The universe has given us a number of "femoirs" lately, and it's a delight to read the insights, life advice, and wisdom from some of our favorite ladies, including comedy queen Amy Poehler. We were so excited to read her book "Yes Please" with the Mavenly + Co. book club this month, and loved hearing about Amy’s amazing journey to becoming the woman she is today.
If you know and love Amy Poehler from her time on "SNL," many movies, and her hilarious show, "Parks and Recreation," then you’ll love her memoir full of behind-the-scenes stories and tons of real-life advice.
We know that Amy carved out a path for herself in the highly competitive, cutthroat comedy world, landing a role on Saturday Night Live, one of the hardest (and most prestigious) gigs in the industry. Despite her huge successes, Amy tells her story in a way that is so down-to-earth and relatable that you’ll feel like you're having a casual conversation with your best friend. So, we thought we'd share some of our favorite quotes and inspiration from "Yes Please."
“I think we should stop asking people in their twenties what they ‘want to do’ and start asking them what they don’t want to do. Instead of asking students to ‘declare their major’ we should ask students to ‘list what they will do anything to avoid.’ It just makes a lot more sense.”
Amy said that she didn't really know what she wanted to do in high school or in college. But she simply did the things that were interesting and exciting to her. While Amy may not be suggesting that colleges literally stop asking students to declare a major, she is pointing out some great advice. If we are feeling unfulfilled in our careers or relationships or unsure of what’s next, maybe we can start by sitting down and making a list of the things we don’t want to do. What are the jobs/roles/duties we know we don’t ever want to do again? What are the qualities that we know won’t work for us in a future relationship? If we start there, maybe our paths will be a little clearer and we can start taking the first steps toward what we know will make us happy.
“The doing is the thing. The talking and worrying and thinking is not the thing. That is what I know.”
Whether you call it procrastination, analysis paralysis, or over-thinking, we waste so much time on spinning our wheels and not actually doing the thing. Amy admitted that she spent a lot of time stressing about writing her book and got caught up in worrying about it until she realized that the worrying and complaining just got in the way. It’s easy to spend a lot of time worrying or overthinking things that are stressful or important, but sometimes we all need a reminder that it is better to just do the thing. Done is better than perfect.
“'Good for her! Not for me.' That is the motto that women should constantly repeat over and over again.”
Jealousy and the comparison trap are issues that many women struggle with-- including Amy. She hilariously points this out when she talks about giving birth to her son. Amy mentions that her friend Maya Rudolph chose to give birth naturally at home, and even calls her a “baby champion.” But Amy knew that wasn't right for her and refused to feel guilty for not trying to conform to what others may see as the right way to do something. She knew an at-home birth wouldn't work for her, but it did for Maya, and that doesn't make anyone better or right.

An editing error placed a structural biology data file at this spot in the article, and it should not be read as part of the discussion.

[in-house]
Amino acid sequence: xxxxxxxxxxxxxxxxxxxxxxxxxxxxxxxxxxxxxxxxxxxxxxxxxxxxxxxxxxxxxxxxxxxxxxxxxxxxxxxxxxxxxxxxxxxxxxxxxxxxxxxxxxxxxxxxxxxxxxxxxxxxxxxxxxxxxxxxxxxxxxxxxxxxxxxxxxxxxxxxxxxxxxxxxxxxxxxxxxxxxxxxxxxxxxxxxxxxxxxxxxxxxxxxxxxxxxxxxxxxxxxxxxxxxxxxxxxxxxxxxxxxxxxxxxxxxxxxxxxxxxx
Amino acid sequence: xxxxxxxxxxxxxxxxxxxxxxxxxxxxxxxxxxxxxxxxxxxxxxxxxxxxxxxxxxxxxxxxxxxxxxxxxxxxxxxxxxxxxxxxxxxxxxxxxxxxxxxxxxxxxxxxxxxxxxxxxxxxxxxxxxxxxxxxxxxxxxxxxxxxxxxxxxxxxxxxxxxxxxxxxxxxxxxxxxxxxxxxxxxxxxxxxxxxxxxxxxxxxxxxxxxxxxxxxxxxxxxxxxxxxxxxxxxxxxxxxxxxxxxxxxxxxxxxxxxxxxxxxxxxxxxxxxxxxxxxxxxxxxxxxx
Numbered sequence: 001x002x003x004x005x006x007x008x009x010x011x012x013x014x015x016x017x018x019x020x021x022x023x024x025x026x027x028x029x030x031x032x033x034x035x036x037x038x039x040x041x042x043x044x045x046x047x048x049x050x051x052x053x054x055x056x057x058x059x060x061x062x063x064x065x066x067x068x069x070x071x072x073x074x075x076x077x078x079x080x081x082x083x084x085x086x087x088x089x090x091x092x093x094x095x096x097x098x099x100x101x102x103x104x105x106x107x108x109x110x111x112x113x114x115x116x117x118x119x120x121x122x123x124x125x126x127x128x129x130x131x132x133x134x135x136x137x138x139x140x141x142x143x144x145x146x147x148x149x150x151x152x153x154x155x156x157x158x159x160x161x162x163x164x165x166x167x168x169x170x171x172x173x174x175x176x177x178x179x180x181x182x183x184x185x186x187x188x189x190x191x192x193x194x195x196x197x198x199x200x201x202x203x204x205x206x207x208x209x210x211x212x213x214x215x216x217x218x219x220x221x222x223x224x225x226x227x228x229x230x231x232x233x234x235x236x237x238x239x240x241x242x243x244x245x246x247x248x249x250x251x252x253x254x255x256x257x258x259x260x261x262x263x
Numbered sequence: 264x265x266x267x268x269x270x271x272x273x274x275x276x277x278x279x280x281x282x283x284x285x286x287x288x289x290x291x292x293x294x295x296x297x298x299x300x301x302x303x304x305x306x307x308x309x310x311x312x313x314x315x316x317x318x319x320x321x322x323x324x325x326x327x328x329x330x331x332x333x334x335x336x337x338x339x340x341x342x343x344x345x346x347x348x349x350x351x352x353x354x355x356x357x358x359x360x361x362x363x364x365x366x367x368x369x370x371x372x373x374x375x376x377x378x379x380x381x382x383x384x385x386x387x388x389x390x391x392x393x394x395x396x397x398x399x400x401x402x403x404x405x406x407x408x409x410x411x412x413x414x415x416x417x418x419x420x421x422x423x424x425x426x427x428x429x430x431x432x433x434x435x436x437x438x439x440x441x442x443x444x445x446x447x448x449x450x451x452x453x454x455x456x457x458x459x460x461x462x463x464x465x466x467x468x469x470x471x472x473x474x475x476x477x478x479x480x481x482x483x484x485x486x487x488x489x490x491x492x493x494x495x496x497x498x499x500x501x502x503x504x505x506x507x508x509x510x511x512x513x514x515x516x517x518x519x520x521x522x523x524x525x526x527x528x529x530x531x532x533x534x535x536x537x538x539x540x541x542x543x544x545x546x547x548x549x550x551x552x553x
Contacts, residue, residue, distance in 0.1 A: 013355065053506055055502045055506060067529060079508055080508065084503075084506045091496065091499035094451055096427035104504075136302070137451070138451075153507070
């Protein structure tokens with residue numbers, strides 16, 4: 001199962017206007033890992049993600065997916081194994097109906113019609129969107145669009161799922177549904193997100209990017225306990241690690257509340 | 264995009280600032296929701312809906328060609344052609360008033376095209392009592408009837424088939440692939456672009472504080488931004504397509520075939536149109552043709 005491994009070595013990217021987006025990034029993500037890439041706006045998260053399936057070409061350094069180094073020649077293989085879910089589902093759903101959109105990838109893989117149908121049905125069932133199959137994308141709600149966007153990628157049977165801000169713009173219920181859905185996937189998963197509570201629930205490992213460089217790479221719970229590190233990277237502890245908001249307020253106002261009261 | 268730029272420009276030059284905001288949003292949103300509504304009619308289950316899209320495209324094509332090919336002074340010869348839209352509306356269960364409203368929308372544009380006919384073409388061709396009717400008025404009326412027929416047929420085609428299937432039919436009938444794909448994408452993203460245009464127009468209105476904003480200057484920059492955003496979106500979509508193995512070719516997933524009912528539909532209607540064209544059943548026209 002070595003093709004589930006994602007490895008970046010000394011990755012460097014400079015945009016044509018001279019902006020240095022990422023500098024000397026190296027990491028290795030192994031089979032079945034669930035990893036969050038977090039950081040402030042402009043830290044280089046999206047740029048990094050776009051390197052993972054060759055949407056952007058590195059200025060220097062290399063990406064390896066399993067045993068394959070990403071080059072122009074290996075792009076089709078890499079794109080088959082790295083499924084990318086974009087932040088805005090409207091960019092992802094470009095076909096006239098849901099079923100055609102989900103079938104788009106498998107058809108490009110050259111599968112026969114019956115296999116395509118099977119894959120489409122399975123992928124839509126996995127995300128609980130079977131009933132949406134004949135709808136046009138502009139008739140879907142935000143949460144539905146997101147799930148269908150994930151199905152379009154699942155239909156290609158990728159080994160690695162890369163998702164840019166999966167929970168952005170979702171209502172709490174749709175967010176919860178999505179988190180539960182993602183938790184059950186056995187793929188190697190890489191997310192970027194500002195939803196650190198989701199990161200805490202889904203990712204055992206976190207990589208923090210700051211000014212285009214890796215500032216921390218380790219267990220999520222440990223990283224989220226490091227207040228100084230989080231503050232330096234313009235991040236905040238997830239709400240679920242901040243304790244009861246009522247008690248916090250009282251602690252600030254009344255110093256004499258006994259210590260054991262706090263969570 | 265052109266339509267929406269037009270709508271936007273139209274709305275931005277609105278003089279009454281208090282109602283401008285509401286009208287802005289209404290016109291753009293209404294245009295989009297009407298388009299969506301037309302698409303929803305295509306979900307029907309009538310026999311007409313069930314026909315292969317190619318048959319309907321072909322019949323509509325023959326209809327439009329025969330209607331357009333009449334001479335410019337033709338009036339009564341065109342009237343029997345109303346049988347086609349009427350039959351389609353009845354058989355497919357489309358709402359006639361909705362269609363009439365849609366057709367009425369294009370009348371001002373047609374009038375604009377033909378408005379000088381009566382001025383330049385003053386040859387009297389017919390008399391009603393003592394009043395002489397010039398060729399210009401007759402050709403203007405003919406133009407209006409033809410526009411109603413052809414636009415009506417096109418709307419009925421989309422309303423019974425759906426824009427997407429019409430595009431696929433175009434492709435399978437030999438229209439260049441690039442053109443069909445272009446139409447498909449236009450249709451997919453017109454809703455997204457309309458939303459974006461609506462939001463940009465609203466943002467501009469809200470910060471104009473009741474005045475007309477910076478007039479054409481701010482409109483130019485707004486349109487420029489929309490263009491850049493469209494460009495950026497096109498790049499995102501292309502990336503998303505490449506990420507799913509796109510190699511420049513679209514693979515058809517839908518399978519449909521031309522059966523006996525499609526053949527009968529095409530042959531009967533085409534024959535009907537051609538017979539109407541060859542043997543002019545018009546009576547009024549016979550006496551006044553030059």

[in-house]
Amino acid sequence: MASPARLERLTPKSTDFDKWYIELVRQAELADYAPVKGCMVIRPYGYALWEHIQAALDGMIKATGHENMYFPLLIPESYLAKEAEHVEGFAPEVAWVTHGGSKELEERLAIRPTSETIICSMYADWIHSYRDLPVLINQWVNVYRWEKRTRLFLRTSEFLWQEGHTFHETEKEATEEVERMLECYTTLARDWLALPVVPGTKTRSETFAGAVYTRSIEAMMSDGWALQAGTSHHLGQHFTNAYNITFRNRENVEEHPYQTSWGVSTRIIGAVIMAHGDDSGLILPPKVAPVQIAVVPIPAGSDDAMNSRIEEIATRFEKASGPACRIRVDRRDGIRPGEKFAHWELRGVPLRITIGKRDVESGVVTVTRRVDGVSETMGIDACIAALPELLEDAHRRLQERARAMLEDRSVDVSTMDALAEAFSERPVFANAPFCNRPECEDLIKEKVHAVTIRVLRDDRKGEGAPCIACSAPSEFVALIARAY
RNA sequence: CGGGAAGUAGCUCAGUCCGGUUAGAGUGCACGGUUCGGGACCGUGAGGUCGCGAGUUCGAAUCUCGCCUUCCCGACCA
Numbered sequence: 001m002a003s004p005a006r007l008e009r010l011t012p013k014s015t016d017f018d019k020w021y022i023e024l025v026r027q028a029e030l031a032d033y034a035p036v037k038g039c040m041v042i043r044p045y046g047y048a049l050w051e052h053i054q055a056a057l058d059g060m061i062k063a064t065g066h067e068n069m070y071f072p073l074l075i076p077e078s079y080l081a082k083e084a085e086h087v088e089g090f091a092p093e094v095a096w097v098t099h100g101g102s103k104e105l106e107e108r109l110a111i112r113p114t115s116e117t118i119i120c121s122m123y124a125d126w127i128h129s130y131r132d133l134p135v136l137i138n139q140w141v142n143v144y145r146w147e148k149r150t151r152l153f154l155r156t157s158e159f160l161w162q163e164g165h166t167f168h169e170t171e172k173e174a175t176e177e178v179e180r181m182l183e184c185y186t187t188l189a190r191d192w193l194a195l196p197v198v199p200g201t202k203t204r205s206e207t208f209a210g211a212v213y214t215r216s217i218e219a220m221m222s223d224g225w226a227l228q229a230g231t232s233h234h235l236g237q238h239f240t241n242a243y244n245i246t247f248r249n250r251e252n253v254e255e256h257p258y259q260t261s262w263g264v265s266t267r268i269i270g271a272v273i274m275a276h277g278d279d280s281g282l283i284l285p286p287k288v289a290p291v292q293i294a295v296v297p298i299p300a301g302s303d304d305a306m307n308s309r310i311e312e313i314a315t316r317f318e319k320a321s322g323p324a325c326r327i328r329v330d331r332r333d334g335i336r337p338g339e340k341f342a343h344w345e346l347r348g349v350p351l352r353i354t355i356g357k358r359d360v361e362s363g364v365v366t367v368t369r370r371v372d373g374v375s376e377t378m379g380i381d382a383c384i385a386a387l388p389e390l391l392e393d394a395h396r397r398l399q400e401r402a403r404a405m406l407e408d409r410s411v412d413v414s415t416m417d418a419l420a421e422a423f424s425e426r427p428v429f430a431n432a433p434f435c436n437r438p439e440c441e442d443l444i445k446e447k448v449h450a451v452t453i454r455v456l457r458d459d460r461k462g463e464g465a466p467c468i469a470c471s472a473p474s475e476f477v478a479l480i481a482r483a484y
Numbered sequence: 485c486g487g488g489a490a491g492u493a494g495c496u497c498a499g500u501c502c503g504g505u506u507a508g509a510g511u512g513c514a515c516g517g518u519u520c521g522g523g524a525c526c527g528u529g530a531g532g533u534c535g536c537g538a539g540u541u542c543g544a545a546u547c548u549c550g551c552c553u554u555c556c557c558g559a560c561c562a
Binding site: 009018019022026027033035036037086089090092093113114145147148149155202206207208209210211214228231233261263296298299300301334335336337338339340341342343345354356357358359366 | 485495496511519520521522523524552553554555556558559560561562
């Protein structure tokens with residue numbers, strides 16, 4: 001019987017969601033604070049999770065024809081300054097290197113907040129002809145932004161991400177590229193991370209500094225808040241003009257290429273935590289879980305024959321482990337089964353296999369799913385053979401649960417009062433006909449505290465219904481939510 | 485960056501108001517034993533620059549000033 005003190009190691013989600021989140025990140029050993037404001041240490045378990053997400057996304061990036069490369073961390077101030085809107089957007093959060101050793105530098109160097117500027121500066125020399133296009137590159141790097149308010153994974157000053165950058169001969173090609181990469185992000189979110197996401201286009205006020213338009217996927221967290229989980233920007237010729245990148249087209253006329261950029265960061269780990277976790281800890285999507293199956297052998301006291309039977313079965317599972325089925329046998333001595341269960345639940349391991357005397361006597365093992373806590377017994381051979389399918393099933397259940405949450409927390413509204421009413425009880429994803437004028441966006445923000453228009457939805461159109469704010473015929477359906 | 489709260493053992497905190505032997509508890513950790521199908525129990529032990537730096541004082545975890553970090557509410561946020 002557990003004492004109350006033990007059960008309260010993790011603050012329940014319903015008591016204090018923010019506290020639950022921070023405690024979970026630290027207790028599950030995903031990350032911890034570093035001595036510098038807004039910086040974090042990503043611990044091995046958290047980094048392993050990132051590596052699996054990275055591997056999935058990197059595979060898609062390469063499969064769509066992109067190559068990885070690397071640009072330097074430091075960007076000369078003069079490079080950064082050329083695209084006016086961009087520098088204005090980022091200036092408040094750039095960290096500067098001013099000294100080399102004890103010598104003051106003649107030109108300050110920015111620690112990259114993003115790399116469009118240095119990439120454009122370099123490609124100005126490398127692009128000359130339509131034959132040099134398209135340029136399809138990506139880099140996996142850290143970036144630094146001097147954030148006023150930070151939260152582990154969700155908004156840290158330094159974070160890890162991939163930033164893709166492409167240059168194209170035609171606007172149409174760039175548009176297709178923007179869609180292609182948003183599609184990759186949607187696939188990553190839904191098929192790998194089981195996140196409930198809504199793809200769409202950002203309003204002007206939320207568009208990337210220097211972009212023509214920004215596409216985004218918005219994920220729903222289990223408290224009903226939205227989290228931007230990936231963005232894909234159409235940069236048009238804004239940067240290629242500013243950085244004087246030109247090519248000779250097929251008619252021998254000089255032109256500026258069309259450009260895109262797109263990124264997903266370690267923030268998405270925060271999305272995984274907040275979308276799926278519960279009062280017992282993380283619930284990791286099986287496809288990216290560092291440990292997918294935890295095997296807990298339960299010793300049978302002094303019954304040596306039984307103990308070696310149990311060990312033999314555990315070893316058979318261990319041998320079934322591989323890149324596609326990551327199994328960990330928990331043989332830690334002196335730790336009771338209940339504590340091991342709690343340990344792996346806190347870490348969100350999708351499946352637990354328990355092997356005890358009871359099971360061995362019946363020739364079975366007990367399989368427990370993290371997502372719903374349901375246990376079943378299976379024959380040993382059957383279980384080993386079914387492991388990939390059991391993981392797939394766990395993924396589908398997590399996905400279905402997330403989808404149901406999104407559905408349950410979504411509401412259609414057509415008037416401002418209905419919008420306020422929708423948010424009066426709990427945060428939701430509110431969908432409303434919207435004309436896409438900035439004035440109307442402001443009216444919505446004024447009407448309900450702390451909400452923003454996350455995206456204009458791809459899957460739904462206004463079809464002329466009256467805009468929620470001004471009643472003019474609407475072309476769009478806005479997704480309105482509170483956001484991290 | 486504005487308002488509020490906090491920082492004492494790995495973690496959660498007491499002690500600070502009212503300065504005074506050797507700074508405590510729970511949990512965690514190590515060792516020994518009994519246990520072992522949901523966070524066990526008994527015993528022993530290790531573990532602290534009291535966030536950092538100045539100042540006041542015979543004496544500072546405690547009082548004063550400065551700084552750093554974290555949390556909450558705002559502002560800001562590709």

“Learn to let go of wanting it. Treat your career like a bad boyfriend...ambivalence is key. You have to care about your work but not about the result. You have to care about how good you are and how good you feel, but not about how good people think you are or how good people think you look.”
When Amy talks about treating your career like a bad boyfriend, she makes some great points about success, and how “wanting it too badly” can actually set you back. She notes the difference between career and your creativity or passion. Our creativity or passion is “the juicy stuff that lubricates our lives and helps us feel less alone in the world. Your creativity is not a bad boyfriend.” So, when she talks about ambivalence, she's suggesting that we avoid the constant striving for success that we sometimes fall into. Success can be a dangerous thing to be motivated by, because it often leaves people wanting more. Amy is encouraging us to be aware of wanting to “make it” so badly, and instead just focus on doing good work that you are passionate about. If you can be happy where you are and work hard, the success will likely follow.
“It takes years as a woman to unlearn what you have been taught be sorry for. It takes years to find your voice and seize your real estate.”
The “sorry” conversation is debated a lot these days, and most people would say that women need to stop saying sorry so much. Even Amy admits to saying sorry all the time. But that does not make her a pushover or afraid for standing up for herself. Even so, Amy stresses the importance of finding and owning your voice. There are times when we really have to say sorry, but we never have to apologize for speaking our truth or standing our ground.
If you loved this discussion and want in on the next book club, join us on May 17 for our next read! We will be chatting about about "Designing Your Life: How to Build a Well-Lived, Joyful Life" by Will Burnett and Dave Evans on Facebook Live at 8 p.m. EST. Be sure to grab a copy and join us!